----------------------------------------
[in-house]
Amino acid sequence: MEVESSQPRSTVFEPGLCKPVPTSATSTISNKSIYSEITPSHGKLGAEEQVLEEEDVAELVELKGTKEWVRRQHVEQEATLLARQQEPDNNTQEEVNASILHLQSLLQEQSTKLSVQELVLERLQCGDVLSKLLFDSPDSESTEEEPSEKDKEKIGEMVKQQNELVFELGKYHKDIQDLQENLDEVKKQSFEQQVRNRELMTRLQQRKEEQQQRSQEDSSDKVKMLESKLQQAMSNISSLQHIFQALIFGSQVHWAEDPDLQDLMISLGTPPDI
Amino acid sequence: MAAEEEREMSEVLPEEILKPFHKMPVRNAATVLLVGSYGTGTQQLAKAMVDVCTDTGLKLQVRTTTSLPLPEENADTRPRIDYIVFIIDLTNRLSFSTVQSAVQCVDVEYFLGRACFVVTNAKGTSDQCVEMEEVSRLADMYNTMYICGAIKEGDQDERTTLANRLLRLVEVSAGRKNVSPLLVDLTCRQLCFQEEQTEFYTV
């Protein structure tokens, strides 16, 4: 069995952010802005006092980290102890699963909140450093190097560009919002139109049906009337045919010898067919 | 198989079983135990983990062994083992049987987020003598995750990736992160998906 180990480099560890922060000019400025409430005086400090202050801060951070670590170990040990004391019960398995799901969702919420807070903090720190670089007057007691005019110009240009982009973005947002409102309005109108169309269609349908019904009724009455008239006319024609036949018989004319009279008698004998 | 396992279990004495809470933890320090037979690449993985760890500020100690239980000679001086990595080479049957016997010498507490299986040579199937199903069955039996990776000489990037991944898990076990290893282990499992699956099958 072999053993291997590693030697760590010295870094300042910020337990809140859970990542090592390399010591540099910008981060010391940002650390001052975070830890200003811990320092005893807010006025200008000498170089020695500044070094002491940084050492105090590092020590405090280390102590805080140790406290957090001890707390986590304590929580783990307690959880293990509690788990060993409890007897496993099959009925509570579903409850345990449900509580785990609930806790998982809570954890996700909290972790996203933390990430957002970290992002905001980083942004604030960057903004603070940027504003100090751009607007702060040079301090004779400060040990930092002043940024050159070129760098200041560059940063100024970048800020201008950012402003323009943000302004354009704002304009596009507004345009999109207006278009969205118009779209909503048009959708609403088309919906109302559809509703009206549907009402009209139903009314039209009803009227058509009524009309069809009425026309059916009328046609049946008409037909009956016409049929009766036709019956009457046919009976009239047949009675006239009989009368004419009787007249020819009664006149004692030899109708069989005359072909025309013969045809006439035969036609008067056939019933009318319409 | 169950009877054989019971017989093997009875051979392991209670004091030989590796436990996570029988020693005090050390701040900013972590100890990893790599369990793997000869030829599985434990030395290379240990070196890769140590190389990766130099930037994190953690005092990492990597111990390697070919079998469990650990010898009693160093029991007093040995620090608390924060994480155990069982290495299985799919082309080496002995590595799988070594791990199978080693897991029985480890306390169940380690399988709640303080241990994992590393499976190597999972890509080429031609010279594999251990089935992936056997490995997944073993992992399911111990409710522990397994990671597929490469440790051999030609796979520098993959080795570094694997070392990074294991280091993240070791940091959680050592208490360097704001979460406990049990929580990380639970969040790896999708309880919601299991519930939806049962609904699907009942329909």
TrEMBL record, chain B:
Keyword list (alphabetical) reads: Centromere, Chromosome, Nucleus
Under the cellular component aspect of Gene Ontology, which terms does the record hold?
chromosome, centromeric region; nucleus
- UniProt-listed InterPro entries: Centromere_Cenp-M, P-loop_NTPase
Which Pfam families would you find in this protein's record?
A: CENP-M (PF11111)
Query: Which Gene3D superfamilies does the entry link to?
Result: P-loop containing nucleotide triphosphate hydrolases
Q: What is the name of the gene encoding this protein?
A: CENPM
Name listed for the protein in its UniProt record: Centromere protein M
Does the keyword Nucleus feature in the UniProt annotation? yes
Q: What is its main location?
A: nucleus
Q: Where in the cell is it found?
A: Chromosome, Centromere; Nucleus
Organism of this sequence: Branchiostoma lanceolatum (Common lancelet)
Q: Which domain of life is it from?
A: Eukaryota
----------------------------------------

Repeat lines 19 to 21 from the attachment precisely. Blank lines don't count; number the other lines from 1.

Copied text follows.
A: nucleus
Q: Where in the cell is it found?
A: Chromosome, Centromere; Nucleus